“What would you get if you crossed Spenser with Merlin? Probably you would come up with someone very like Harry Dresden, wizard, tough guy and star of [the Dresden Files].”—The Washington Times
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Halloween is just around the corner and wizard and somewhat detective Harry Dresden agrees to meet Mavra, head of the vampire Black Court. She threatens to use evidence that would get Murphy imprisoned or worse in order to blackmail Harry to get something called The Word of Kemmler to her in 3 days. Her other condition is that he must not seek help from anyone and should tell no one of the blackmail threat against Murphy, who is actually on vacation together with the assassin Kincaid.
The book turns out to be a fabled manuscript created by the necromancer Kemmler, who had been defeated by the White Council many years before. It has been believed that Kemmler and all of his disciples had been killed and that all copies of his texts had also been destroyed. But the fact that Mavra was looking for it to leads Dresden to suspect that it's real. And given the fact that there are actually several groups of Kemmler's followers active in the city looking for the book, there's a heck f a lot of danger for Harry to face alone.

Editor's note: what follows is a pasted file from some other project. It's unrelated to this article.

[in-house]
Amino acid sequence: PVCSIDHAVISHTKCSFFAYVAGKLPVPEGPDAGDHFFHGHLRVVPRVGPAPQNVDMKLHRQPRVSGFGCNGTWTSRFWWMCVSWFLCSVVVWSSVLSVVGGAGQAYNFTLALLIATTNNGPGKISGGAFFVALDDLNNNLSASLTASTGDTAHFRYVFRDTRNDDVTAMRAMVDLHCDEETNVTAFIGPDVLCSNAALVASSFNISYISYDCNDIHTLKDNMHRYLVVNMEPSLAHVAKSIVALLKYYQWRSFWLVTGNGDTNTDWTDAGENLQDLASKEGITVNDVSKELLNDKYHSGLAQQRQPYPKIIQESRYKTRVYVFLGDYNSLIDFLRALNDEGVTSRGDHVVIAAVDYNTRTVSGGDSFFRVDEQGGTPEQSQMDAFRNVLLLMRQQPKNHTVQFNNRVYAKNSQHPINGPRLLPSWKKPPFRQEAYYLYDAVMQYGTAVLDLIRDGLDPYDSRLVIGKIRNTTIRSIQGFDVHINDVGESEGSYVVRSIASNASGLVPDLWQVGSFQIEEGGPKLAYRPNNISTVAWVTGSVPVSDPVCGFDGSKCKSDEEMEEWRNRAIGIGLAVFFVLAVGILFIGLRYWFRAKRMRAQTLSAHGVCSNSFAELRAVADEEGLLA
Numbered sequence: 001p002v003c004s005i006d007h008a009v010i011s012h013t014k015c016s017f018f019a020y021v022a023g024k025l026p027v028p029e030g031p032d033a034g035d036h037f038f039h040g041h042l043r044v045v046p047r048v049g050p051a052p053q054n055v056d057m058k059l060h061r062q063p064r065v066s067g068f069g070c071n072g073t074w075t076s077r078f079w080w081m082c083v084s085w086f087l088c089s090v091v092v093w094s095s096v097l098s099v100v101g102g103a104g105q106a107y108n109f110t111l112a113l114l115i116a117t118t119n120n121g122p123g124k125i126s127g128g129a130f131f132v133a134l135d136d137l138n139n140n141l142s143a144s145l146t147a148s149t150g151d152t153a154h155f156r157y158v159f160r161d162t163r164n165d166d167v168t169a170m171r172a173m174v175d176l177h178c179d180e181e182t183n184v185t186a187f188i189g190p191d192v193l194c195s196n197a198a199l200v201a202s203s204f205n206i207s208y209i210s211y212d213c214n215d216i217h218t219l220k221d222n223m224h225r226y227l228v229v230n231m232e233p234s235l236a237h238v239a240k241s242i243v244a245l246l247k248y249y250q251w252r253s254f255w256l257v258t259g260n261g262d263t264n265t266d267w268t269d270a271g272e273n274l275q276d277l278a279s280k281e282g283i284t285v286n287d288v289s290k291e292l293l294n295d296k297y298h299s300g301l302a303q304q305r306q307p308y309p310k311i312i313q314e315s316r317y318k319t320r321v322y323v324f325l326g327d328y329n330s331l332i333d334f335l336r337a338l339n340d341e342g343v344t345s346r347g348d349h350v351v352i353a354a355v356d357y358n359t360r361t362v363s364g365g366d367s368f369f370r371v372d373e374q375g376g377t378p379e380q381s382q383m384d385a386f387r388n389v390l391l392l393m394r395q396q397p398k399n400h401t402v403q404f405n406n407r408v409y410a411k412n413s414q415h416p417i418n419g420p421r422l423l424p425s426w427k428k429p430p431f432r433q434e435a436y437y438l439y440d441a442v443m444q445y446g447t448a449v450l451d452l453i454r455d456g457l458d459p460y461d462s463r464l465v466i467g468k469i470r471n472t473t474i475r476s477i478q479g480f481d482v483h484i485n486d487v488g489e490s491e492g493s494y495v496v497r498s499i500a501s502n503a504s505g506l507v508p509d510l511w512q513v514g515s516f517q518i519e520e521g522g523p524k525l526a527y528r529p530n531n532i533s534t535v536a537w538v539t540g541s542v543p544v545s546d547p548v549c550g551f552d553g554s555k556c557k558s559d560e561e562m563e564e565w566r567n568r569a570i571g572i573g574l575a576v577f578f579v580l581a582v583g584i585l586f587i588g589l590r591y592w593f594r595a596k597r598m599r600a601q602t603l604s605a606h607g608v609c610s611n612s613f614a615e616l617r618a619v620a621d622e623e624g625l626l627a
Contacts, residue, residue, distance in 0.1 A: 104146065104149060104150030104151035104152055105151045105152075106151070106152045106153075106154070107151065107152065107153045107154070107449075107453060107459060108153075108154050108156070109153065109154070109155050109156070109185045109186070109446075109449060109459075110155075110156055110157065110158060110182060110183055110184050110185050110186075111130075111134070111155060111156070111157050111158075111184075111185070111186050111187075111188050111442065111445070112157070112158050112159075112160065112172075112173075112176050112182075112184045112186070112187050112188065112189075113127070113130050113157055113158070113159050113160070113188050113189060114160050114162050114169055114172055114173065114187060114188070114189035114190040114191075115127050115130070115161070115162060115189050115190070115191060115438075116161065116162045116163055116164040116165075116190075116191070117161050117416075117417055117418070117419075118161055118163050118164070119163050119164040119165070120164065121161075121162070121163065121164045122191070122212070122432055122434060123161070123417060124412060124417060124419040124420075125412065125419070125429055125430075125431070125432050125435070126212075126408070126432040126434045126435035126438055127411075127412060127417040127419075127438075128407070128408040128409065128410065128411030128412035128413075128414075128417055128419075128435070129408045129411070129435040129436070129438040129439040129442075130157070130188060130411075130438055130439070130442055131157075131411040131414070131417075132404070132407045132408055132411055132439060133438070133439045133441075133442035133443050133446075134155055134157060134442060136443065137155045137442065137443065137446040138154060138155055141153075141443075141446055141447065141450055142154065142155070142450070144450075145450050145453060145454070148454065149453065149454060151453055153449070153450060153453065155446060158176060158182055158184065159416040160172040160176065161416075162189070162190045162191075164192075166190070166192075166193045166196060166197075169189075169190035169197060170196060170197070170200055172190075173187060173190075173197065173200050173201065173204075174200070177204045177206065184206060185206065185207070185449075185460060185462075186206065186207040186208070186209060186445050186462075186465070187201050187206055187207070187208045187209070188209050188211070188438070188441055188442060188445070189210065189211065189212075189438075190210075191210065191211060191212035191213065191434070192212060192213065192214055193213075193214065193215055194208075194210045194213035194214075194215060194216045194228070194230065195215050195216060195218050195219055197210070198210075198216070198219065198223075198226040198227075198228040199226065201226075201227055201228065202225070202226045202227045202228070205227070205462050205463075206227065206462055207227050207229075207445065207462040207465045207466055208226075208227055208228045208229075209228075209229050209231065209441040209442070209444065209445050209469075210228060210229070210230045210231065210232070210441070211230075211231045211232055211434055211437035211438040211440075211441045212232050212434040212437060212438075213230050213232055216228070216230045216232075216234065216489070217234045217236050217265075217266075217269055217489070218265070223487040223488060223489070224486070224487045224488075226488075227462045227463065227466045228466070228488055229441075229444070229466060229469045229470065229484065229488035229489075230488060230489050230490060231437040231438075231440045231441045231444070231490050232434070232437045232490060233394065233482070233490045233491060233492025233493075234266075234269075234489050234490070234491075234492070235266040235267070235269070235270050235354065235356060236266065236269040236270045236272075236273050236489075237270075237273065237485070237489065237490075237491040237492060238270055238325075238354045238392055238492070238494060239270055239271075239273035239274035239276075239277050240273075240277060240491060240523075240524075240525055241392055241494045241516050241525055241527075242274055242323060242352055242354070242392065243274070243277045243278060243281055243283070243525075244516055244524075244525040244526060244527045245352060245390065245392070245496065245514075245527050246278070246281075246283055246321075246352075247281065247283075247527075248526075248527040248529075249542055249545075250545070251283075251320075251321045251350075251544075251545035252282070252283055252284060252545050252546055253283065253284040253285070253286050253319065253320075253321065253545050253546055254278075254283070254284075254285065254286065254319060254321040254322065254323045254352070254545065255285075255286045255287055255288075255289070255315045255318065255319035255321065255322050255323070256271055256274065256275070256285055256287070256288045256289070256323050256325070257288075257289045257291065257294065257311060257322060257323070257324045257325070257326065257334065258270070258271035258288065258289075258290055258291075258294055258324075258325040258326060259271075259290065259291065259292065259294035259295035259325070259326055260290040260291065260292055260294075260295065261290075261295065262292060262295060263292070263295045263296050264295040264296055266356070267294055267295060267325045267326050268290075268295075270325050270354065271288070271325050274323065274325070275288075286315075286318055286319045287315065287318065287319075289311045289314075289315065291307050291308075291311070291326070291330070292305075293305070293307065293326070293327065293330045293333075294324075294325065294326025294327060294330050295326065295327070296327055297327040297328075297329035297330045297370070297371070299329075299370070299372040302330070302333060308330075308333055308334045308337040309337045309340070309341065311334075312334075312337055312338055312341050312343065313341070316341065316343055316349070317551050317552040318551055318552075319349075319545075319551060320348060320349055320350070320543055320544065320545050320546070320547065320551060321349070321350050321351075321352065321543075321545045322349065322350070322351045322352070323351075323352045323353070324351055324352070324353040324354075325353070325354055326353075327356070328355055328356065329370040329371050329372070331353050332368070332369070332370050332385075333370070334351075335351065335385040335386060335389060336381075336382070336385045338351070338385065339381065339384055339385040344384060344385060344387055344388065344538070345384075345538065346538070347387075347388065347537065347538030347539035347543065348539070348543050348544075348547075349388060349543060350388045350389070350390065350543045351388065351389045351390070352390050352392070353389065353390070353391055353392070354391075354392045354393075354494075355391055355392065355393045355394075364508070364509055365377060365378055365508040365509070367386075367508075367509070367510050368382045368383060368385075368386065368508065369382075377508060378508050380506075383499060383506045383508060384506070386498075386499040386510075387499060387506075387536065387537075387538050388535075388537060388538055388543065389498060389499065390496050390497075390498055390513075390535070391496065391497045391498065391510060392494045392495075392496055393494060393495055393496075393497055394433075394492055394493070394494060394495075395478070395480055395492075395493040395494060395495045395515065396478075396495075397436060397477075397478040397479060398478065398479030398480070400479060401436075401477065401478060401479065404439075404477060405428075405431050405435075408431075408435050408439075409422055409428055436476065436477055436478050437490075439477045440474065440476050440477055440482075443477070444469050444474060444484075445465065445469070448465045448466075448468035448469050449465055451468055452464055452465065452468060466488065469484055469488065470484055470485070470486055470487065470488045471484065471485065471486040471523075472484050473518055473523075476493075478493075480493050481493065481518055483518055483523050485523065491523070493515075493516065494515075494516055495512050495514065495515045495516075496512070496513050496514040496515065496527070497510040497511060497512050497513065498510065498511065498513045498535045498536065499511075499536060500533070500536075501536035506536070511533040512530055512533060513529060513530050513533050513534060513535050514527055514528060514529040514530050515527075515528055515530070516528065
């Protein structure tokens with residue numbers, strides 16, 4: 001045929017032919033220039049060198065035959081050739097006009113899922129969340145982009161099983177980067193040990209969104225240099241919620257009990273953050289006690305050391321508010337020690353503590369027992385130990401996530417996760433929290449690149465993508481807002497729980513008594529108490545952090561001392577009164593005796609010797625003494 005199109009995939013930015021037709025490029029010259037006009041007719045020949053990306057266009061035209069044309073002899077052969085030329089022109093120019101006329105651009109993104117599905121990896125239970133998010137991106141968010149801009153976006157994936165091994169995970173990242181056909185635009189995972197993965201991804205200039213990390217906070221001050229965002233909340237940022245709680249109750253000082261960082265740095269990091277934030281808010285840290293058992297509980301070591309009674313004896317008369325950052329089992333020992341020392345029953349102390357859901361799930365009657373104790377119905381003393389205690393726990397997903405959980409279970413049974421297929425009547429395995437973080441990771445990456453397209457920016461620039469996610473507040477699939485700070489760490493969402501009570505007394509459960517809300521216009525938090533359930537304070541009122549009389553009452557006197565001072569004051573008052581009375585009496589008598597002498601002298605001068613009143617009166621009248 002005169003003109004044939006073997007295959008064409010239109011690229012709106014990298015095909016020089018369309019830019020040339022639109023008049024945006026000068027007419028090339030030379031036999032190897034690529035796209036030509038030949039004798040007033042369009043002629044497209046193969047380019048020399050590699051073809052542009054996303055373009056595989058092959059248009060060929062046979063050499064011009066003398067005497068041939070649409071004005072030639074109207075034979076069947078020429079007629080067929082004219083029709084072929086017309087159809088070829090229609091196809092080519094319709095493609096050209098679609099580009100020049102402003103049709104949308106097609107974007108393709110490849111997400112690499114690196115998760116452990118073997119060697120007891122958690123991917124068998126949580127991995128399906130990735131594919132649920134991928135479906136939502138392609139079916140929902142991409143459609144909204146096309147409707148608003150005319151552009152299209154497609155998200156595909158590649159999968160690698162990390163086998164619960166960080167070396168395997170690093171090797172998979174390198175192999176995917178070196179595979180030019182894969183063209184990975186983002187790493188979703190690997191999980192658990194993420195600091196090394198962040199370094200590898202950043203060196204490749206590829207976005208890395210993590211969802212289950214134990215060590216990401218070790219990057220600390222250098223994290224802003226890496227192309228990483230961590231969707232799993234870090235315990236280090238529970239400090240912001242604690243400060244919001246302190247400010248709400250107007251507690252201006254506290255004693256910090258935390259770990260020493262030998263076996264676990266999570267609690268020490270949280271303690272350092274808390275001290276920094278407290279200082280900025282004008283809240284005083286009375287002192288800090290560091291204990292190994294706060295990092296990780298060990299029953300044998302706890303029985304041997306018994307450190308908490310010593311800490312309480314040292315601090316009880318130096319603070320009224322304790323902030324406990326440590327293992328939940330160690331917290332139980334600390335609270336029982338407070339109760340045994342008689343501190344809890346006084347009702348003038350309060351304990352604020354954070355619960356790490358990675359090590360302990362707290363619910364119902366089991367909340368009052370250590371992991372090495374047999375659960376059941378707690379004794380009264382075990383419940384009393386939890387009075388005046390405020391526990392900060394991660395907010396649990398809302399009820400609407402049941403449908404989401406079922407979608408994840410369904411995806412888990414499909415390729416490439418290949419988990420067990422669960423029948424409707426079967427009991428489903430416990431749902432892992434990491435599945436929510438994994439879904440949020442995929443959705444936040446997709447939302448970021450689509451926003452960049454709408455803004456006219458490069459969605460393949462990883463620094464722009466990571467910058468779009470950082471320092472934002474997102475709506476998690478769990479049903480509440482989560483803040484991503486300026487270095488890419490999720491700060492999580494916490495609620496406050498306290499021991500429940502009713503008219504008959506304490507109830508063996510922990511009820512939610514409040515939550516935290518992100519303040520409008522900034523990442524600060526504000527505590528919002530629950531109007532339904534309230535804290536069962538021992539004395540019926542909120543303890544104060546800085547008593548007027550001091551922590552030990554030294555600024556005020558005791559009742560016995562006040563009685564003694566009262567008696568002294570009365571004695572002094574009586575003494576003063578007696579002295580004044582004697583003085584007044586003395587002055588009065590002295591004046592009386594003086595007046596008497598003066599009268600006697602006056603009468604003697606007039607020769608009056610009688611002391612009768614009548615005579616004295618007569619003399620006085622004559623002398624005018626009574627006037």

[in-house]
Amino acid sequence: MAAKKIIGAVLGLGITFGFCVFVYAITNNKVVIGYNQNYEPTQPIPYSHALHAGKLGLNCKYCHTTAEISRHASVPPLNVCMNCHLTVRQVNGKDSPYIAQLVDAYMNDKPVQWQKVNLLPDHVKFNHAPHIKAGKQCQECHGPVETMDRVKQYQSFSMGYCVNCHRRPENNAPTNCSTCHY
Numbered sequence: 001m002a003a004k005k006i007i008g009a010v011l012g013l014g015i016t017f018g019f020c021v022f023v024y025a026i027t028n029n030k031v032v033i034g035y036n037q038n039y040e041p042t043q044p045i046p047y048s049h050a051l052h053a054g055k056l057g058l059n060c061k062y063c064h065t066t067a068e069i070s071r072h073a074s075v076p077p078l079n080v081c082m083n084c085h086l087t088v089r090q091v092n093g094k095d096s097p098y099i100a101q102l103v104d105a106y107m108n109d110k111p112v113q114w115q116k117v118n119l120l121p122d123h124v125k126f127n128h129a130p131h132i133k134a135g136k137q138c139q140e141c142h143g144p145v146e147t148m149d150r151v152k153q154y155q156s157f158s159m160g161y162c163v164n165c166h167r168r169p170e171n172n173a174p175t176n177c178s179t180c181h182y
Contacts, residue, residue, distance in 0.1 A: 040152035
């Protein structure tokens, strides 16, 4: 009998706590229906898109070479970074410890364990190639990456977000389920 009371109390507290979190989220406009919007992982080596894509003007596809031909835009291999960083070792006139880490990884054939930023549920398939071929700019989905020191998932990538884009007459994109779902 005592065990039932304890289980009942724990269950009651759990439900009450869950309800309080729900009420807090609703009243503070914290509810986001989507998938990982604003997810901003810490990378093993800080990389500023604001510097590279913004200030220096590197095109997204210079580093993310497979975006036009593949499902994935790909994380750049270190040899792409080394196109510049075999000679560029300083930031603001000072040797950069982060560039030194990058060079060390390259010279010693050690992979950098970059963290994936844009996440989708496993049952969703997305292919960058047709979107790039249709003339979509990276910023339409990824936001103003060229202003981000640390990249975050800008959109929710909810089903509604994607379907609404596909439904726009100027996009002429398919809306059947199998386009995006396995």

What I Liked: The whole discussion related to the role of necromancy in this world and how gravely the White Council deals with such threats was an interesting angle to take in this story. It's not just as simple as dark wizards using skeletons and zombies to fight Harry. Like the other disciplines of magic covered in the books, it turns out that necromancy has different approaches and applications and each of the followers of Kemmler has a different aspect of the magical art that they prefer to use.
What was most striking to me was a brief scene involving Mab, Queen of the Winter Court. We last really got to see her in action in Summer Knight with a story that ended with her offering Harry the role of Knight of the Winter Court. As much as he didn't take the deal, it's clear that Mab maintains an interest in him and Harry just continues to prove why he's worthy of Winter as well.
Oh, and the book also nicely tackles the Wardens beyond our ever judgmental friend Morgan. That was a nice little development.